The tax credits in the American Health Care Act have a major flaw. The amount of financial assistance the program offers stays the same, regardless of what your income is. Whether you make $13,000 a year or $70,000, whether you live in a state with high or low costs, regardless of how the federal government regulates the private insurance market in your state, the tax credit ($3,000) doesn’t vary.
As Avik Roy explains to readers in the WSJ, AHCA’s tax credits don’t have to be structured the way they are now. By making a simple change, congressional leaders can repeal more of ObamaCare, lower premiums for everyone, and make coverage especially affordable for the working poor.
The bill itself contains a model for how to make repealing insurance regulations more relevant to the budget. Section 202 of the AHCA contains a transitional schedule of tax credits that would apply only in 2018 and 2019. These tax credits vary by both age and income, and they are set up so that they cap Americans’ exposure to high premiums.
Take a childless 40-year-old making $25,000. Under Section 202, he would be expected to pay 6.3% of his income—roughly $1,500—for out-of-pocket premiums. The tax credit covers the rest. So if he buys a policy that costs $5,000 a year, the tax credit would be $3,500.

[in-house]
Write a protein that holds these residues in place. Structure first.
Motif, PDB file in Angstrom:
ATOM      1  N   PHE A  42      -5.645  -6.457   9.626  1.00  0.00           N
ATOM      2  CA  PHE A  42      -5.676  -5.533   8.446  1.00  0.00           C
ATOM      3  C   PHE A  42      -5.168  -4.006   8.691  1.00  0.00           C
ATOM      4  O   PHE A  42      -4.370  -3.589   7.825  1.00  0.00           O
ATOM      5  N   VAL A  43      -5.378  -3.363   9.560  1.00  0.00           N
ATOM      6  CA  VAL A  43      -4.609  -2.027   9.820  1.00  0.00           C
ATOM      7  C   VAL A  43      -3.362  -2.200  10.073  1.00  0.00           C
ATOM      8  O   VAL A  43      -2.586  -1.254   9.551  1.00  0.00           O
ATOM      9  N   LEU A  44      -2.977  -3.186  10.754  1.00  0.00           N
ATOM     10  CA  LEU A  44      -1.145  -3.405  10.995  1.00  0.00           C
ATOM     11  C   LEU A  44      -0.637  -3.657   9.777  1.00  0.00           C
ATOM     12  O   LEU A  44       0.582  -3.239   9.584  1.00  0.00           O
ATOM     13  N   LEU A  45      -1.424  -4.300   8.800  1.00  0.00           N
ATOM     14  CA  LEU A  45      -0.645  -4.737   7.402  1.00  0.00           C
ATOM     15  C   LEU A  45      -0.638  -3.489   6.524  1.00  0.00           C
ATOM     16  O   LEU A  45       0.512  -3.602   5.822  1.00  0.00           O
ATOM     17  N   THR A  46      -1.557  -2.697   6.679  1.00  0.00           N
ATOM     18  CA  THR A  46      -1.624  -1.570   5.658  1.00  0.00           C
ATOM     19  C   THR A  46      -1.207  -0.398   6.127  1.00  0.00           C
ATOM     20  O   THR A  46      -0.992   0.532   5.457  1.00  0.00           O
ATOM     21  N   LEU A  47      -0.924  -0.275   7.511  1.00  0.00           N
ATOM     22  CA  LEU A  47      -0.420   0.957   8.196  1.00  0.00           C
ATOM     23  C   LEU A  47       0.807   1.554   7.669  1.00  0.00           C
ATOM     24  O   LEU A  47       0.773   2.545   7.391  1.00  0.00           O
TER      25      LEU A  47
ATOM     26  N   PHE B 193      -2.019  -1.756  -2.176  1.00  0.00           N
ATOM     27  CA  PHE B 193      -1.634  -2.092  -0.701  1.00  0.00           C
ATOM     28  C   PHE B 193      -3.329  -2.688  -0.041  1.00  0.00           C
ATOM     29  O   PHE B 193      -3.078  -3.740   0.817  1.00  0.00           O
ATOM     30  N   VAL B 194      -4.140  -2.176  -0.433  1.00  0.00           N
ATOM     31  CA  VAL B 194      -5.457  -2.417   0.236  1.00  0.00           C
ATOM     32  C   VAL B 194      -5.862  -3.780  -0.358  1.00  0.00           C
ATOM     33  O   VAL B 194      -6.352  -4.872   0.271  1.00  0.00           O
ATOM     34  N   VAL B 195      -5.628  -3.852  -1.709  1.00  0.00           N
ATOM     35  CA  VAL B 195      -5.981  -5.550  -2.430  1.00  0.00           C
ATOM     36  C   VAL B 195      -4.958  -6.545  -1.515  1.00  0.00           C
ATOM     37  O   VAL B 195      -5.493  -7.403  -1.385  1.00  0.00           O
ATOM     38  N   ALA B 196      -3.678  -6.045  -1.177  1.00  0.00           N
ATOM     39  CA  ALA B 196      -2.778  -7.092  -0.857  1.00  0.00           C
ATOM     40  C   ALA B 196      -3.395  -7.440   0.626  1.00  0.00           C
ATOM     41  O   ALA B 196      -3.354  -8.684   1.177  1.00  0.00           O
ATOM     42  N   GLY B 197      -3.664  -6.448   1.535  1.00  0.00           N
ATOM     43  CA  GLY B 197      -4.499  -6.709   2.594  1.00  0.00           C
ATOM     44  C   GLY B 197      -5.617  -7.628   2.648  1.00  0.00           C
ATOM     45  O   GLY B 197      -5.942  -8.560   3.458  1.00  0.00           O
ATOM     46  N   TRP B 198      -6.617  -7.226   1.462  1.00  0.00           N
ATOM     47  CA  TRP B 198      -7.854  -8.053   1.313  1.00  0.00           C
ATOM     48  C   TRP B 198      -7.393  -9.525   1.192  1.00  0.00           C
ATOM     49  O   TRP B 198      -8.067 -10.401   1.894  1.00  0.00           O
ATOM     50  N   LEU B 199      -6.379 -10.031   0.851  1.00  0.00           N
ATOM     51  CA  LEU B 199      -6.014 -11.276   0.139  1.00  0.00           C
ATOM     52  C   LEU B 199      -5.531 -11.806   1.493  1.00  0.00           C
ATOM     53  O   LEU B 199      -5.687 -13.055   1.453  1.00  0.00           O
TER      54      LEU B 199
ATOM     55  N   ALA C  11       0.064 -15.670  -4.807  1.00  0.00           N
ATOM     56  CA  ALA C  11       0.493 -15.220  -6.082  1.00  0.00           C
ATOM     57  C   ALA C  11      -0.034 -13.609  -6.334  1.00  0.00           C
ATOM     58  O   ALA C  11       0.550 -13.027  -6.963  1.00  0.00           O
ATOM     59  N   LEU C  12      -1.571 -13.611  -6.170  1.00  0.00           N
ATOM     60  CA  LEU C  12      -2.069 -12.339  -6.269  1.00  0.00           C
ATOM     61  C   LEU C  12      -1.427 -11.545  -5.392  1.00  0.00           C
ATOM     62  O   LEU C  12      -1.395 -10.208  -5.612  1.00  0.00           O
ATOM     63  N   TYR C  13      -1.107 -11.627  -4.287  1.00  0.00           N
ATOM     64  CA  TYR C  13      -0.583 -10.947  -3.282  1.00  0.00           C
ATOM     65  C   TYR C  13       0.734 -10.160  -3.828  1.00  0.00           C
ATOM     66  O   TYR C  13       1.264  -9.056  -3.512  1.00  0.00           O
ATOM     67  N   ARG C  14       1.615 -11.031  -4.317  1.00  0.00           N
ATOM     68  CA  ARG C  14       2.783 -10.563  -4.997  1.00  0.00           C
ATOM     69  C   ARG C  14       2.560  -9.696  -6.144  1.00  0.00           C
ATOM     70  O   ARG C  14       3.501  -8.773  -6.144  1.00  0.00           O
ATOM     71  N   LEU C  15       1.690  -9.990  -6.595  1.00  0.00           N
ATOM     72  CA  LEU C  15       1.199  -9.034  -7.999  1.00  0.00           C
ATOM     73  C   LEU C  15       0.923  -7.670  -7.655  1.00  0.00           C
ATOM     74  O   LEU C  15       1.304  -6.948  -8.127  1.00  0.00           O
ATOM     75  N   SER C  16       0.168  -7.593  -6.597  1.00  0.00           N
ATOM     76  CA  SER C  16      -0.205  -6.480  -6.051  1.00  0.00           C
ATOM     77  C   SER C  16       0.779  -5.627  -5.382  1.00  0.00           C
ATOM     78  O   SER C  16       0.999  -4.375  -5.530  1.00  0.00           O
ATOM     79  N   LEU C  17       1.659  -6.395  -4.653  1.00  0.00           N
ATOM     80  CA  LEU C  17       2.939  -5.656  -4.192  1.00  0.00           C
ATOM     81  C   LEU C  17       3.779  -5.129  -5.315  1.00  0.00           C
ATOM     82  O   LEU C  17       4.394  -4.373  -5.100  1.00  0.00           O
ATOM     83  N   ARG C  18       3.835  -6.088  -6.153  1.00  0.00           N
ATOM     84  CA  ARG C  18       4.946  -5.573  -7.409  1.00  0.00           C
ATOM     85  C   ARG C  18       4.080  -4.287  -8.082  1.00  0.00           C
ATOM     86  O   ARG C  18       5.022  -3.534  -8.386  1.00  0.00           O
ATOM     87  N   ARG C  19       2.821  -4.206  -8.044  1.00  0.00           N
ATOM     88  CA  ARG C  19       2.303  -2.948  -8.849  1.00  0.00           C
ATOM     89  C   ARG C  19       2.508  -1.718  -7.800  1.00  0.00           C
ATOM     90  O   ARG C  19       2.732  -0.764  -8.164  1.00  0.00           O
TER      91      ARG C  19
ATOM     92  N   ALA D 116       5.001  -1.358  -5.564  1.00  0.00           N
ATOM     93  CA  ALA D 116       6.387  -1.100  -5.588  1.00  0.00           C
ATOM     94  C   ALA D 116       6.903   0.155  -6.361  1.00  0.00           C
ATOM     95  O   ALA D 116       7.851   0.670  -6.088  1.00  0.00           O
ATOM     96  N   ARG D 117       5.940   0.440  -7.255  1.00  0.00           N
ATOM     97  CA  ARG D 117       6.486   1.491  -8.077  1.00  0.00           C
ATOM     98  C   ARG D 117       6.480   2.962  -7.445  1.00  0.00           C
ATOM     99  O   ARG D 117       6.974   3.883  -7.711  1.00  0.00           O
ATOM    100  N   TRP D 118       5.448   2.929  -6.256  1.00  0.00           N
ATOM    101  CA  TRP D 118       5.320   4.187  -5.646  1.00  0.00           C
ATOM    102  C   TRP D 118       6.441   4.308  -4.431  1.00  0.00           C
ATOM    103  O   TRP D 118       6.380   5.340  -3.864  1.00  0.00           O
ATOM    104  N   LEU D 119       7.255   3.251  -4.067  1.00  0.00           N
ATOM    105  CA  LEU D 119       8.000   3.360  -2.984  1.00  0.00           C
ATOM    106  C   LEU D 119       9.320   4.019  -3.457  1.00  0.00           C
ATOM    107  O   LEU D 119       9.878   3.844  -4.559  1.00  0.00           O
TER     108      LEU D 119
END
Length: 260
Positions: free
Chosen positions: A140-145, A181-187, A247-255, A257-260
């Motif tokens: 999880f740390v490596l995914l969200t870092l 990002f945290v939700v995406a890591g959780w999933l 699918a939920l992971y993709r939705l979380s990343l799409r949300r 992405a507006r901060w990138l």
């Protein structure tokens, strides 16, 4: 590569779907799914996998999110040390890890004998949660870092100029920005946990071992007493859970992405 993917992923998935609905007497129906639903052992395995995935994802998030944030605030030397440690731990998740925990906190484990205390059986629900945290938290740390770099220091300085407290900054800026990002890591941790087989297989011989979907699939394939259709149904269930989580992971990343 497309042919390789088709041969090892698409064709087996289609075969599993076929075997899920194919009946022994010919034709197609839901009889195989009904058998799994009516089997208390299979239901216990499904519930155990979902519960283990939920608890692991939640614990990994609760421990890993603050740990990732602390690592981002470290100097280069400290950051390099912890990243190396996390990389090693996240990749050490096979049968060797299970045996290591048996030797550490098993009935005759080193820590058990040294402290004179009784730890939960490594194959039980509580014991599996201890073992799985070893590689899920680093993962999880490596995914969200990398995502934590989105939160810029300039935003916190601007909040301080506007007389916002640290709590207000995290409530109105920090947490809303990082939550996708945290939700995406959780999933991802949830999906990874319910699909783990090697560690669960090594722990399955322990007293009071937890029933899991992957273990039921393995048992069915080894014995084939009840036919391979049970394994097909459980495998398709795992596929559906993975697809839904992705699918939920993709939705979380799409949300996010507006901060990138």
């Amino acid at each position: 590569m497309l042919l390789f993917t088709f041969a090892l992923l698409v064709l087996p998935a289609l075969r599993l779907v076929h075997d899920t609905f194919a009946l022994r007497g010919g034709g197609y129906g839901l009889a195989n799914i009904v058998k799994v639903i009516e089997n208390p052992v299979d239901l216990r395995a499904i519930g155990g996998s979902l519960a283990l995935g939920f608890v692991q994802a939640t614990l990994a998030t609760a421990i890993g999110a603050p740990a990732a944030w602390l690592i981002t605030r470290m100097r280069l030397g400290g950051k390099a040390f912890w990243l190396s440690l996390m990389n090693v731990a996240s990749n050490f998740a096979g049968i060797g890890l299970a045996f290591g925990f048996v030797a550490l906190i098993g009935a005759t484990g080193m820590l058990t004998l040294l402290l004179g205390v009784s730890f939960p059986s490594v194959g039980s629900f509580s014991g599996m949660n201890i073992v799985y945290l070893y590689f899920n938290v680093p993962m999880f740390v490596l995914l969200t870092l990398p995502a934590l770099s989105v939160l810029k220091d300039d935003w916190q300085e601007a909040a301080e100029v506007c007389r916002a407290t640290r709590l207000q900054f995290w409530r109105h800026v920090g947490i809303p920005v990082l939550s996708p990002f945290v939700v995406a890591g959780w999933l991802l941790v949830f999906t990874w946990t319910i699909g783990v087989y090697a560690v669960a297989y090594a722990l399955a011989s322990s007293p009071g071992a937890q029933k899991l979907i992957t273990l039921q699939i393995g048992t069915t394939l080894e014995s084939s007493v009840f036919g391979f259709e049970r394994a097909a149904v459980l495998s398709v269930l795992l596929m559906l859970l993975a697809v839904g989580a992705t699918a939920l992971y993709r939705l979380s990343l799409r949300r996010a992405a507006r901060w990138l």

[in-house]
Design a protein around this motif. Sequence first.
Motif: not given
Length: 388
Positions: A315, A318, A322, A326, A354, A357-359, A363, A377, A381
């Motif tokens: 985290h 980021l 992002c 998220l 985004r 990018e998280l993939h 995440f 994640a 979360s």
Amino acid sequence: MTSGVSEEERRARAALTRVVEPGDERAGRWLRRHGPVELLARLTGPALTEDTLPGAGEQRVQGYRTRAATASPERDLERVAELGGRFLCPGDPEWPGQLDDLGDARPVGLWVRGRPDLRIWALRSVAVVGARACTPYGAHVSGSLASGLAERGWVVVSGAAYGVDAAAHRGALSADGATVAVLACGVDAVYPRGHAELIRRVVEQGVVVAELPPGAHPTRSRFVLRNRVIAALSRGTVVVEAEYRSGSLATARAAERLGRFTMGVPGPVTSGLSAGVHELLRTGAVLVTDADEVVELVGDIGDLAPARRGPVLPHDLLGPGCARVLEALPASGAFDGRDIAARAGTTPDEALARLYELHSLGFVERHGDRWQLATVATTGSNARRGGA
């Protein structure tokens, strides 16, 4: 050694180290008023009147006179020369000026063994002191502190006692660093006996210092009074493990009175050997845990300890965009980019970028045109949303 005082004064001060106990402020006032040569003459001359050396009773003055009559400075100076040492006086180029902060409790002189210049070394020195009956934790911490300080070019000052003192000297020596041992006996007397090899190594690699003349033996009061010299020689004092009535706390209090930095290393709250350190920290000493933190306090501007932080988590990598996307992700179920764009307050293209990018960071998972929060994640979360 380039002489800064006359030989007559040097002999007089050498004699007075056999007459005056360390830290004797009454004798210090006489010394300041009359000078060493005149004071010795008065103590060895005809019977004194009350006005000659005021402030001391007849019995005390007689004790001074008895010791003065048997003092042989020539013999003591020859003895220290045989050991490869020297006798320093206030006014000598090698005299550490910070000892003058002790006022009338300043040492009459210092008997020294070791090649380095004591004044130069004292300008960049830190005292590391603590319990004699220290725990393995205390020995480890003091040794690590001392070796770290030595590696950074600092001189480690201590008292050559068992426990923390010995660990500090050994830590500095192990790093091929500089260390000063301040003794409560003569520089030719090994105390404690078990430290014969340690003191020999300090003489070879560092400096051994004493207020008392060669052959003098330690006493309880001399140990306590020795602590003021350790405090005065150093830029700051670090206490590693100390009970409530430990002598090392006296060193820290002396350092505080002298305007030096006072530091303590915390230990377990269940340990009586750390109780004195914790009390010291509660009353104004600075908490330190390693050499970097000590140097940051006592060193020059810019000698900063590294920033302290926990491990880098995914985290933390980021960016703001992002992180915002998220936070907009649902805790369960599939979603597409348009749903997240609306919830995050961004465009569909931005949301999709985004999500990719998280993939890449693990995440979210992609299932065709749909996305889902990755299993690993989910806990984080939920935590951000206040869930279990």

If the AHCA’s long-term tax credits for 2020 and beyond were structured more like Section 202’s, repealing more of ObamaCare’s insurance regulations would, in fact, be relevant to the budget. That’s because rolling back regulations would lower premiums, resulting in smaller tax credits.
Say that a new and improved AHCA reduced premiums 25%. Our 40-year-old’s premium would drop to $3,750. He would pay the same $1,500 out of pocket, but the tax credit would be only $2,250, with the savings accruing directly to the federal fisc. In other words: Deploying Section 202’s system of capping Americans’ exposure would make repealing more of ObamaCare germane to the budget. That would allow Republicans to do more through reconciliation while still passing muster with the Senate’s parliamentarian.
Read more from Mr. Roy here.